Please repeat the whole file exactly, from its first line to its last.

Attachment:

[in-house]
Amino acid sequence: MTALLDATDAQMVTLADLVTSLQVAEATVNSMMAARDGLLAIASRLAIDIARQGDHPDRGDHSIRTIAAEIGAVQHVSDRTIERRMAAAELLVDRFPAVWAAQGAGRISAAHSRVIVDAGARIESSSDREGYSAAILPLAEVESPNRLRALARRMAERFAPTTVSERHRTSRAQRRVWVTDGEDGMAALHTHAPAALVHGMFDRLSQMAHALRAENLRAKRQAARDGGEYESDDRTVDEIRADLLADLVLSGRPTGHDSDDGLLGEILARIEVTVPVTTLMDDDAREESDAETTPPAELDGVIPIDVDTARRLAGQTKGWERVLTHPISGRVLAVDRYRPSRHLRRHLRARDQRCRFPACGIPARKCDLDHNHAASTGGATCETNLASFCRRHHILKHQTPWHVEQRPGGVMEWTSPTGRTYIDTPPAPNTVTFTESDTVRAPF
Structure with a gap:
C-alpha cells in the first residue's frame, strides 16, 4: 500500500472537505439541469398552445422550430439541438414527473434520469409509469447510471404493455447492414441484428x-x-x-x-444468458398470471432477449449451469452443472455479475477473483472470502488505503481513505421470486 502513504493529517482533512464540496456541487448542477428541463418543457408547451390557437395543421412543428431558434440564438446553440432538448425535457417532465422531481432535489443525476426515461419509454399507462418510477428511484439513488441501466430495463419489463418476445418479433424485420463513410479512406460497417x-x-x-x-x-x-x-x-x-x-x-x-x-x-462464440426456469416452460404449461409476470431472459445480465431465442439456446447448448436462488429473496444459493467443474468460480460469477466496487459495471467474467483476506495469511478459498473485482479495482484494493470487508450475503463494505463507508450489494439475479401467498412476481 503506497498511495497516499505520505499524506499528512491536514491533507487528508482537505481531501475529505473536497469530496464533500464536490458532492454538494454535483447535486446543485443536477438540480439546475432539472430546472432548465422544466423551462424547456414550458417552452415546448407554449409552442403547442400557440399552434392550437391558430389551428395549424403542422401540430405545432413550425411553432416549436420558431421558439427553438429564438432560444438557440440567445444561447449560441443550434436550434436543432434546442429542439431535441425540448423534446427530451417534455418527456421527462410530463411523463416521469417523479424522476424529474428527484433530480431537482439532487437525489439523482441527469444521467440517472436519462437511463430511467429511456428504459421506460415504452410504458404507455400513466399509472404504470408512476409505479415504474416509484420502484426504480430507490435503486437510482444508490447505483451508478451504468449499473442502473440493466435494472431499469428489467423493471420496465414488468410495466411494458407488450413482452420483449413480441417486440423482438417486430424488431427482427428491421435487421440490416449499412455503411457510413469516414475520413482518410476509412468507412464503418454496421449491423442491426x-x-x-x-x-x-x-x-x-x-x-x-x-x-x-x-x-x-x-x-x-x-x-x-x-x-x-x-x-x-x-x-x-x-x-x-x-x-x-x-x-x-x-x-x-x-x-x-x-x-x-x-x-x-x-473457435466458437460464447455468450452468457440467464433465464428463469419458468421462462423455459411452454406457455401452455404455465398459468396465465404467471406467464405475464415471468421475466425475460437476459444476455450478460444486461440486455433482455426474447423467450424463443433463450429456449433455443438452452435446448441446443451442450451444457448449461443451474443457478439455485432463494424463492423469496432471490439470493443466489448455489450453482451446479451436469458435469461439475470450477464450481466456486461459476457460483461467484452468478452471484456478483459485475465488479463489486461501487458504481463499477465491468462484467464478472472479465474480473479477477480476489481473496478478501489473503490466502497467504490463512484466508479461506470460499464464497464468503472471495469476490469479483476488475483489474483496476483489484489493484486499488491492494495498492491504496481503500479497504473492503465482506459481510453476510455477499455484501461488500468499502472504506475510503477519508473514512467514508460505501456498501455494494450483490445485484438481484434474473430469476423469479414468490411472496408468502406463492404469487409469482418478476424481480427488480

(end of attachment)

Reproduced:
[in-house]
Amino acid sequence: MTALLDATDAQMVTLADLVTSLQVAEATVNSMMAARDGLLAIASRLAIDIARQGDHPDRGDHSIRTIAAEIGAVQHVSDRTIERRMAAAELLVDRFPAVWAAQGAGRISAAHSRVIVDAGARIESSSDREGYSAAILPLAEVESPNRLRALARRMAERFAPTTVSERHRTSRAQRRVWVTDGEDGMAALHTHAPAALVHGMFDRLSQMAHALRAENLRAKRQAARDGGEYESDDRTVDEIRADLLADLVLSGRPTGHDSDDGLLGEILARIEVTVPVTTLMDDDAREESDAETTPPAELDGVIPIDVDTARRLAGQTKGWERVLTHPISGRVLAVDRYRPSRHLRRHLRARDQRCRFPACGIPARKCDLDHNHAASTGGATCETNLASFCRRHHILKHQTPWHVEQRPGGVMEWTSPTGRTYIDTPPAPNTVTFTESDTVRAPF
Structure with a gap:
C-alpha cells in the first residue's frame, strides 16, 4: 500500500472537505439541469398552445422550430439541438414527473434520469409509469447510471404493455447492414441484428x-x-x-x-444468458398470471432477449449451469452443472455479475477473483472470502488505503481513505421470486 502513504493529517482533512464540496456541487448542477428541463418543457408547451390557437395543421412543428431558434440564438446553440432538448425535457417532465422531481432535489443525476426515461419509454399507462418510477428511484439513488441501466430495463419489463418476445418479433424485420463513410479512406460497417x-x-x-x-x-x-x-x-x-x-x-x-x-x-462464440426456469416452460404449461409476470431472459445480465431465442439456446447448448436462488429473496444459493467443474468460480460469477466496487459495471467474467483476506495469511478459498473485482479495482484494493470487508450475503463494505463507508450489494439475479401467498412476481 503506497498511495497516499505520505499524506499528512491536514491533507487528508482537505481531501475529505473536497469530496464533500464536490458532492454538494454535483447535486446543485443536477438540480439546475432539472430546472432548465422544466423551462424547456414550458417552452415546448407554449409552442403547442400557440399552434392550437391558430389551428395549424403542422401540430405545432413550425411553432416549436420558431421558439427553438429564438432560444438557440440567445444561447449560441443550434436550434436543432434546442429542439431535441425540448423534446427530451417534455418527456421527462410530463411523463416521469417523479424522476424529474428527484433530480431537482439532487437525489439523482441527469444521467440517472436519462437511463430511467429511456428504459421506460415504452410504458404507455400513466399509472404504470408512476409505479415504474416509484420502484426504480430507490435503486437510482444508490447505483451508478451504468449499473442502473440493466435494472431499469428489467423493471420496465414488468410495466411494458407488450413482452420483449413480441417486440423482438417486430424488431427482427428491421435487421440490416449499412455503411457510413469516414475520413482518410476509412468507412464503418454496421449491423442491426x-x-x-x-x-x-x-x-x-x-x-x-x-x-x-x-x-x-x-x-x-x-x-x-x-x-x-x-x-x-x-x-x-x-x-x-x-x-x-x-x-x-x-x-x-x-x-x-x-x-x-x-x-x-x-473457435466458437460464447455468450452468457440467464433465464428463469419458468421462462423455459411452454406457455401452455404455465398459468396465465404467471406467464405475464415471468421475466425475460437476459444476455450478460444486461440486455433482455426474447423467450424463443433463450429456449433455443438452452435446448441446443451442450451444457448449461443451474443457478439455485432463494424463492423469496432471490439470493443466489448455489450453482451446479451436469458435469461439475470450477464450481466456486461459476457460483461467484452468478452471484456478483459485475465488479463489486461501487458504481463499477465491468462484467464478472472479465474480473479477477480476489481473496478478501489473503490466502497467504490463512484466508479461506470460499464464497464468503472471495469476490469479483476488475483489474483496476483489484489493484486499488491492494495498492491504496481503500479497504473492503465482506459481510453476510455477499455484501461488500468499502472504506475510503477519508473514512467514508460505501456498501455494494450483490445485484438481484434474473430469476423469479414468490411472496408468502406463492404469487409469482418478476424481480427488480